REVEALED: Cambridge centre officially the most pro-remain area in the UK
Brexit doesn’t mean Brexit to Cambridge
The BBC has released data from a localised breakdown of results from nearly half of the areas that voted in the EU Referendum last June.
Although age, ethnicity and the areas voters lived in appeared to have an impact on whether they chose to Leave or Remain, level of education was by far the biggest factor, results have revealed.
Those who voted to Leave mostly possessed fewer educational qualifications than those who voted to Remain. Areas with a lower proportion of degree-educated voters by one percentage point generally saw an increase in Vote Leave by the same margin.
Market Ward here in central Cambridge – home to most of our central colleges – had the highest percentage of Remain voters, at 87.8%, a stand-out figure although the city as a whole was strongly Pro-Remain. We weren’t alone in this: despite most of the wards with the strongest Remain votes being located in Cambridge, we were also joined by Ashley Ward in Bristol (85.6%) and Northumberland Park in Haringey, London (85.0%.) Cambridge’s MP, Daniel Zeichner, was one of three MPs proposing to go before parliament to protest the triggering of Article 50, supporting his constituents who voted against leaving the EU.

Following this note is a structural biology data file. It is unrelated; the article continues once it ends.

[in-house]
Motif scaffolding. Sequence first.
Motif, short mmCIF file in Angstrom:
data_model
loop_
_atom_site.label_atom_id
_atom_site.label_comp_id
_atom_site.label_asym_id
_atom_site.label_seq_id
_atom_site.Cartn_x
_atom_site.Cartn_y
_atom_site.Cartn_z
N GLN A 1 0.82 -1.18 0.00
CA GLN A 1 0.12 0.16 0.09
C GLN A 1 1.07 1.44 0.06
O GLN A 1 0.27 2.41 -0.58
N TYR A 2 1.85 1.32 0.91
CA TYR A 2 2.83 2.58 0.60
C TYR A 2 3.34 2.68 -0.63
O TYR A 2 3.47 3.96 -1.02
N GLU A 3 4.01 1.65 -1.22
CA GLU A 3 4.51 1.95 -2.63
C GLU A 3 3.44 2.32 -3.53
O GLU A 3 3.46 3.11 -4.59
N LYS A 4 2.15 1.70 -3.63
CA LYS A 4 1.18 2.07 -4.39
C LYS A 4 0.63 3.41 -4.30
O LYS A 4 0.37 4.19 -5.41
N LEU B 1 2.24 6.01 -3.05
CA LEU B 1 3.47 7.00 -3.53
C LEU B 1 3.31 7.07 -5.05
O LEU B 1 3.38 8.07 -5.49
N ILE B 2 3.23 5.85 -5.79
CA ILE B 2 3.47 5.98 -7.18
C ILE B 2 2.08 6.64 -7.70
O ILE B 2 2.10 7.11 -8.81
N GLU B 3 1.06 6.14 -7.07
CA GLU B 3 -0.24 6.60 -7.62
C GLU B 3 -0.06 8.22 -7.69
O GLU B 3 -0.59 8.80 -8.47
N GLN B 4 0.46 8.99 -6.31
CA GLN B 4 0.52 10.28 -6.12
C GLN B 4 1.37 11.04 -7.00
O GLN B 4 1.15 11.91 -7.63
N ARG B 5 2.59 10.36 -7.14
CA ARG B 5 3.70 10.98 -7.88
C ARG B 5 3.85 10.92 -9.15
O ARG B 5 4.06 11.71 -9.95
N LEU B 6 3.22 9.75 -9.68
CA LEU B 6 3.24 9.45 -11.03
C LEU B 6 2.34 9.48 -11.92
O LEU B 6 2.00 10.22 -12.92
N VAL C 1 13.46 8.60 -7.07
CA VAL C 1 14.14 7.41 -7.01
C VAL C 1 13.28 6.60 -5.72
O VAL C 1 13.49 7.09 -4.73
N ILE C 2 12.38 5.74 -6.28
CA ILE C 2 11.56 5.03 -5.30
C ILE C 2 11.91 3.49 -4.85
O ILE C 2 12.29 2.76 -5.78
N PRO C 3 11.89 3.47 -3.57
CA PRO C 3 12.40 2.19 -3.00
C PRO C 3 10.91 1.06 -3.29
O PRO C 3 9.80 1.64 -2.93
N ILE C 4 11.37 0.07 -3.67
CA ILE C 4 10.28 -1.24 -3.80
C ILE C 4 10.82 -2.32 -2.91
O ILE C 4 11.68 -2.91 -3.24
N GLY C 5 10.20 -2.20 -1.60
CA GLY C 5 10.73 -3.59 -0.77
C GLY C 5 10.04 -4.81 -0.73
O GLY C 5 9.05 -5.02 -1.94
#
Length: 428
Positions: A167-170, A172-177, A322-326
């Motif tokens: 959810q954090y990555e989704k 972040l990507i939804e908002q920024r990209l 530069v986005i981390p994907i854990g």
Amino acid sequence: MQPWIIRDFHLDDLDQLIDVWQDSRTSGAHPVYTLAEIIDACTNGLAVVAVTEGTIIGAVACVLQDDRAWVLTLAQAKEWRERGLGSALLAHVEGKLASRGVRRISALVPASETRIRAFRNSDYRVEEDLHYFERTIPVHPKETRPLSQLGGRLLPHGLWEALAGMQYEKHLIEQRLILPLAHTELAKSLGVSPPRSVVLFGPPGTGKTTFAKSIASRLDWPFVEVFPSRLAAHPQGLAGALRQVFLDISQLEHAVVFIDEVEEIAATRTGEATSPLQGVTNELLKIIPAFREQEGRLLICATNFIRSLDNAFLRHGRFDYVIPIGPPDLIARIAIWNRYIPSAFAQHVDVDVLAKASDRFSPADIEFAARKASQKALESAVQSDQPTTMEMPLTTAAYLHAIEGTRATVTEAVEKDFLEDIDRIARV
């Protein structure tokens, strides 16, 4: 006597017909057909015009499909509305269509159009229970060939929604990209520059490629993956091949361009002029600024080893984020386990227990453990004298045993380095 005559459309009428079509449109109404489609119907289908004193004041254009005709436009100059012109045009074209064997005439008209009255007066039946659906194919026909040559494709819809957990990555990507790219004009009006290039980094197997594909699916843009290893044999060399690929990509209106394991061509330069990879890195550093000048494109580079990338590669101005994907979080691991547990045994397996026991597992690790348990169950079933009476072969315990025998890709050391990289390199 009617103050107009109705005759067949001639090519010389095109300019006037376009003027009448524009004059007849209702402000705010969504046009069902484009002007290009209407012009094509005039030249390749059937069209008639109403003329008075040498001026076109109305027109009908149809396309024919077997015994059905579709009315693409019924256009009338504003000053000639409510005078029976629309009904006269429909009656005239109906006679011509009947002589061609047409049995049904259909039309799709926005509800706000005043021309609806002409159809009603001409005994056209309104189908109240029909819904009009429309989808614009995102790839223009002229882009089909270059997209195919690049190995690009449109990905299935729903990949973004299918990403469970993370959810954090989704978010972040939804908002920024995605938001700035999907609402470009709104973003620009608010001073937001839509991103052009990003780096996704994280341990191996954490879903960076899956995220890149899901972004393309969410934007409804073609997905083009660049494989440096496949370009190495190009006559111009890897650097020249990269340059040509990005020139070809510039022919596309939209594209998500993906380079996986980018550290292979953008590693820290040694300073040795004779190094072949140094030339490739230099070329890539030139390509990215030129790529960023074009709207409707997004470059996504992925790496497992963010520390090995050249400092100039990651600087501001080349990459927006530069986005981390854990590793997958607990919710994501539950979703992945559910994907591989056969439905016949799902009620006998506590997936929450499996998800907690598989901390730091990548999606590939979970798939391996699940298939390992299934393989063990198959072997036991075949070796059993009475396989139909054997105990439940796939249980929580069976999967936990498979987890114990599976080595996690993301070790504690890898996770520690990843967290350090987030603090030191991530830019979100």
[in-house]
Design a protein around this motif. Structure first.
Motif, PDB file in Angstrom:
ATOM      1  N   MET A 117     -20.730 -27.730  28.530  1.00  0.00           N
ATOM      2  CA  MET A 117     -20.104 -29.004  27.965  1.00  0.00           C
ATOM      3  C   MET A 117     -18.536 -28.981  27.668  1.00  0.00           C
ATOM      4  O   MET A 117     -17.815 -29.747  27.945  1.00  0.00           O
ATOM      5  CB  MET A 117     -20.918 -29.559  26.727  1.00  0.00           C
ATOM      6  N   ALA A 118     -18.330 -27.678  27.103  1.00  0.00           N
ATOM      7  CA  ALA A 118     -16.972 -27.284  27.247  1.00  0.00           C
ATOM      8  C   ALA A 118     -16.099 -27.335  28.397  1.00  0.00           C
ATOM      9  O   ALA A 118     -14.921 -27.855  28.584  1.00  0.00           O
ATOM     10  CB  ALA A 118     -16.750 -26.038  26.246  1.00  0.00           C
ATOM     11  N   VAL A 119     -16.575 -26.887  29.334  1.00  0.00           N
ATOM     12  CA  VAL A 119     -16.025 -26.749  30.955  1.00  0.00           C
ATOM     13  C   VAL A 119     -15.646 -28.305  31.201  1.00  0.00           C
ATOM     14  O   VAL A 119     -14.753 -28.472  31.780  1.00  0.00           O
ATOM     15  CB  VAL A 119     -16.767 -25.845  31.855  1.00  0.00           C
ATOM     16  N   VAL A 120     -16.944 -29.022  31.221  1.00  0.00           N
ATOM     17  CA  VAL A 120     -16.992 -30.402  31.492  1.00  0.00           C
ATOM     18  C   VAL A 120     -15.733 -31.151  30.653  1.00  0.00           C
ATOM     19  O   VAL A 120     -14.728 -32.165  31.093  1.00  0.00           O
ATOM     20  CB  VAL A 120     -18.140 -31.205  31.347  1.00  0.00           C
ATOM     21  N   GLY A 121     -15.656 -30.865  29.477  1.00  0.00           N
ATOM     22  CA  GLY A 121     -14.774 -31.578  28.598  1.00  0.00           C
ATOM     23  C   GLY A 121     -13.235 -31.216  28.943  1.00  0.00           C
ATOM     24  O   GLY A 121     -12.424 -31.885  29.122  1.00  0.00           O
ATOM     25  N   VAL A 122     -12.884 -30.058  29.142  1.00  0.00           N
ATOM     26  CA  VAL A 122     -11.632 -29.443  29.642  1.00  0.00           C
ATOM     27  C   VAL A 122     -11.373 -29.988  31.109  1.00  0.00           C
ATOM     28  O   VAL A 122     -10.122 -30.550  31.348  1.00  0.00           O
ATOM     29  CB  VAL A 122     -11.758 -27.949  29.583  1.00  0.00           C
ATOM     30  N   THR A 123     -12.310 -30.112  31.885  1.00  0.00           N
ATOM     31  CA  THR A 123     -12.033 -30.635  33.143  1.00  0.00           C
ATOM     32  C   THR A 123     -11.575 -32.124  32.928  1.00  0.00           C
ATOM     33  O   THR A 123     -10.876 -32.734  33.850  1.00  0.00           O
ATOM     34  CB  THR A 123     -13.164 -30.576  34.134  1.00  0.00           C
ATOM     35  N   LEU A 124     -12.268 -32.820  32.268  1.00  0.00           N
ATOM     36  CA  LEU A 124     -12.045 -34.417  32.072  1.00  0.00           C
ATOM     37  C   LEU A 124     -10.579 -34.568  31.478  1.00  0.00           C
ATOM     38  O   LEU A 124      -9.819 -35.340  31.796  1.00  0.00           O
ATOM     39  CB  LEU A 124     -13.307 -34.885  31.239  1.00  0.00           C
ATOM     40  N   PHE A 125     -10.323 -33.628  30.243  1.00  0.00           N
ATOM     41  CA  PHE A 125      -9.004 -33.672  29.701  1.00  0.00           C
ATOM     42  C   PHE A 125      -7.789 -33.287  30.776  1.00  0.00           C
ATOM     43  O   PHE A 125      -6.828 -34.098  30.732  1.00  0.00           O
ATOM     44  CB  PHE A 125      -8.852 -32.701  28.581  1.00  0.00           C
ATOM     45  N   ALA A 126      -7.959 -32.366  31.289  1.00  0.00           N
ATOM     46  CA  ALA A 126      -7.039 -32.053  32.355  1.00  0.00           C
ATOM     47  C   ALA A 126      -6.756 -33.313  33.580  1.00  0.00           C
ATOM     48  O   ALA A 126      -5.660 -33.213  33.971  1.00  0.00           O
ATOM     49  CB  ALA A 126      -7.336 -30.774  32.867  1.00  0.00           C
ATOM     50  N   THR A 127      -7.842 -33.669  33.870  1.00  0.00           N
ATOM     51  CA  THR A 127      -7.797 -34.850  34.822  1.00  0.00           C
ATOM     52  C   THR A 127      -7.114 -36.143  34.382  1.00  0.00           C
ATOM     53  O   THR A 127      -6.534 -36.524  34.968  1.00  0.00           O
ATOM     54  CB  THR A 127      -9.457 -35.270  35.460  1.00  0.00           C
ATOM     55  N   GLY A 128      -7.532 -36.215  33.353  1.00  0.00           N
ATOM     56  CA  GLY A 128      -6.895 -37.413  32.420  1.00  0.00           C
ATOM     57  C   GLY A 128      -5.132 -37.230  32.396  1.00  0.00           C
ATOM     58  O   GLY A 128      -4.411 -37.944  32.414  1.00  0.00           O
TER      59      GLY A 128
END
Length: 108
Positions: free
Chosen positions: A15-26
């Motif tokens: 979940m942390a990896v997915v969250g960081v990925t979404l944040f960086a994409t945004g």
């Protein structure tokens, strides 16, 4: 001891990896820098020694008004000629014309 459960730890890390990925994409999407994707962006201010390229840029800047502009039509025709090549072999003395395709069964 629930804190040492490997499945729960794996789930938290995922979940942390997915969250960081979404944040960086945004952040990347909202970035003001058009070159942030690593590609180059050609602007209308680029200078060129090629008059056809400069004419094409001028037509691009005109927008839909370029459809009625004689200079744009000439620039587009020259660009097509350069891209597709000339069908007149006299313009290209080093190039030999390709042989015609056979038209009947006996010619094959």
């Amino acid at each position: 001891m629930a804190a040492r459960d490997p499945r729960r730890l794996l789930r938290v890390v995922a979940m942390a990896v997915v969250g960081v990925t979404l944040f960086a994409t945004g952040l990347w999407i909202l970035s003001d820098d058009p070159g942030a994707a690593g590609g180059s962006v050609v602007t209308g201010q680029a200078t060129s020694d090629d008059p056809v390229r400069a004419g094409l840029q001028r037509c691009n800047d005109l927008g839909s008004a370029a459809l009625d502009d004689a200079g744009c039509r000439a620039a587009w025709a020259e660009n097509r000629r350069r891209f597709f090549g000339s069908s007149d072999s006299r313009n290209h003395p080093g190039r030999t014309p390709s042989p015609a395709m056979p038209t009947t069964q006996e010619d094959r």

The Other Place’s central areas voted to Remain by 80%, which clashed with the deprived estates on the edge of the city, who chose to Leave by 51%.
Despite our Remain stronghold in the centre of Cambridge, Waterlees village in Cambridgeshire was the second most in favour of Leave (80.3%) just behind Brambles and Thorntree in Middlesbrough, who were decisively in favour of Vote Leave at 82.5%.
The data collected is representative of 178 out of the 399 referendum counting areas.